|Publication number||US4520465 A|
|Application number||US 06/491,946|
|Publication date||May 28, 1985|
|Filing date||May 5, 1983|
|Priority date||May 5, 1983|
|Also published as||DE3485907D1, DE3485907T2, EP0151572A1, EP0151572A4, EP0151572B1, WO1984004419A1|
|Publication number||06491946, 491946, US 4520465 A, US 4520465A, US-A-4520465, US4520465 A, US4520465A|
|Inventors||Lal C. Sood|
|Original Assignee||Motorola, Inc.|
|Export Citation||BiBTeX, EndNote, RefMan|
|Patent Citations (3), Referenced by (37), Classifications (13), Legal Events (4)|
|External Links: USPTO, USPTO Assignment, Espacenet|
This invention relates to memory circuits, and more particularly, to memory circuits for which column lines are precharged prior to reading data thereon.
Precharging column lines of a memory prior to reading data has been an effective technique for improving speed and power. The precharging can occur in response to a timing signal or a signal generated in response to an address transition. Such a signal generated for precharging column lines is often known as an equalization pulse because it equalizes the voltage on the column lines, particularly for memories for which there are two bit lines for each column. One bit line carries the true data bit and the other carries the complementary data bit. Upon being precharged in response to an equalization pulse, the two bit lines are equalized in voltage. The technique is particularly popular for static random access memories (SRAMs).
One aspect of precharging is that a significant amount of charge is required to charge all of the columns due to the substantial capacitance of each bit line. At a typical operating speed, the power required for precharging is typically more than half of the entire power requirements of the memory. One technique to reduce power consumption is to precharge only one half of the array, the half from which the data is to be selected. A predetermined address bit which indicates which half contains the selected data is also used to determine which half is precharged. For a byte-wide memory, a memory which provides eight parallel bits of data for a single address, the technique of precharging only half of the array has resulted in doubling the required sense amplifiers and output drivers as well as a reduction in speed. The array is divided into left and right halves. The left and right halves are each further divided into eight planes. Consequently, each half is capable of supplying a byte. Each half has its own set of eight sense amplifiers and output drivers. The half which is to provide the byte of data is precharged. The outputs of the output drivers associated with the selected half are coupled to the output pads of the memory while the outputs of the output drivers associated with the unselected and unprecharged half are decoupled from the output pads.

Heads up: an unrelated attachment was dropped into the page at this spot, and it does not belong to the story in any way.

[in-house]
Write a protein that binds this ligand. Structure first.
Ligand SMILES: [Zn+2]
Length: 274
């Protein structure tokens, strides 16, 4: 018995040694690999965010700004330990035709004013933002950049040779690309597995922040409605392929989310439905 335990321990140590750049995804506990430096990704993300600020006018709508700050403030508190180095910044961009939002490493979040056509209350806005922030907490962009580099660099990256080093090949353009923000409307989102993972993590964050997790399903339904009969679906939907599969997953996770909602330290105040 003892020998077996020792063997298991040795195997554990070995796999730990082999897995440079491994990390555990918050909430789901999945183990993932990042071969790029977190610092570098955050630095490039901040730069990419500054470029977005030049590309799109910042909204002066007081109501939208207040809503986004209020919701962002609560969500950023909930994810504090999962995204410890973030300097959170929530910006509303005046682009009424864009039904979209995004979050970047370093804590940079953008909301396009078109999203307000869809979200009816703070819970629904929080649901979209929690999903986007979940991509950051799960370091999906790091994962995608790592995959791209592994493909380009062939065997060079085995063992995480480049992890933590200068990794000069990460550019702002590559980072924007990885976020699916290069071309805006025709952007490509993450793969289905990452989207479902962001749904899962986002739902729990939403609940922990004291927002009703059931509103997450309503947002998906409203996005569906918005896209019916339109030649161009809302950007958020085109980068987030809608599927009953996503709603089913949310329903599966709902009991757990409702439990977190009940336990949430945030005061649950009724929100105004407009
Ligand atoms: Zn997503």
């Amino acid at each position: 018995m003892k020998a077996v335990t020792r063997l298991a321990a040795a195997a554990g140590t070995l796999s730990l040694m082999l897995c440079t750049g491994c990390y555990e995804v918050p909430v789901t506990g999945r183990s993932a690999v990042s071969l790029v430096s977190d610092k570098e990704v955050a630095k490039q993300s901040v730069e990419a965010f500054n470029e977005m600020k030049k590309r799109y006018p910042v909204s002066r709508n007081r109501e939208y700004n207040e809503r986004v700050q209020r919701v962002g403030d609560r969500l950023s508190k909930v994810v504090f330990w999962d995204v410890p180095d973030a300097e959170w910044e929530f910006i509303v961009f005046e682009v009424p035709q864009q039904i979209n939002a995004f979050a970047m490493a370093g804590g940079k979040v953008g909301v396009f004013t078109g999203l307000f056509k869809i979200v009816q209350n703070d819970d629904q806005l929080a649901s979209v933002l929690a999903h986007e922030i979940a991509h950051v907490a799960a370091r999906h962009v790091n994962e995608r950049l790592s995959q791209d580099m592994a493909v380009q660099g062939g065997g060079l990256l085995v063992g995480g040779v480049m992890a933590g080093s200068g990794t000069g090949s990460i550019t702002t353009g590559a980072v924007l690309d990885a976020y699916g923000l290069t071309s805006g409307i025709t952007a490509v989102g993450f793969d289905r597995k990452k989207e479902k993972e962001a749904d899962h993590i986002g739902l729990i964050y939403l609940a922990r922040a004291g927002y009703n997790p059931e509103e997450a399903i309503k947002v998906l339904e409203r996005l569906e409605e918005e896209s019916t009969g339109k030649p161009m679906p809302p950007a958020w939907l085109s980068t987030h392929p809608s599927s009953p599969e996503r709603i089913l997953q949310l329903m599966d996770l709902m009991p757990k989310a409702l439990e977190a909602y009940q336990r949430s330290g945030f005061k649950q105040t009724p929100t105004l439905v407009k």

Having an architecture of a byte on the left half of the array and a byte on the right half of the array does allow for reducing the power consumption due to precharging by one half. There are other problems created, however. There are sixteen sense amplifiers and output drivers instead of eight. The routing of the output is complicated. The distance between the outputs of the output drivers and the output pads is increased, increasing capacitance. Also the post-decoding transistors for coupling drivers of the selected half to the output pads add resistance to the current path which is intended to be a minimum resistance path because it is the path which provides the actual output drive. In order to achieve the reduced power, chip area is increased due to the additional circuitry and routing, and speed is reduced due to increased capacitance and resistance in the output current path.
An object of the present invention is to provide an improved method and apparatus for selectively precharging column lines of a memory.
Another object of the present invention is to provide an improved method and apparatus for precharging one half of a memory array.
Yet another object of the invention is to provide an improved method and apparatus for precharging a multiple bit output memory.
These and other objects are achieved in accordance with the present invention by a memory circuit which has a memory array which has a plurality of intersecting row lines and column lines in which data bits are read on the column lines and in which a column line is precharged before an output is read on that column line. The memory array is divided into at least four adjacent side-by-side portions, wherein the first portion is adjacent to the second portion, the second portion is between the first and third portions, the third portion is between the second and fourth portions, and the fourth portion is adjacent to the third portion. A precharging circuit precharges the column lines of the first and third portions when a predetermined address signal is in a first logic state and precharges the column lines of the second and fourth portions when the predetermined address signal is in a second logic state.
FIG. 1 is a layout of a memory array and output pads of a memory according to a preferred embodiment of the invention.
FIG. 2 is an circuit diagram of a memory cell which may be used in the memory array of FIG. 1.
FIG. 3 is a layout of a portion of an interface between the memory array and output pads of FIG. 1.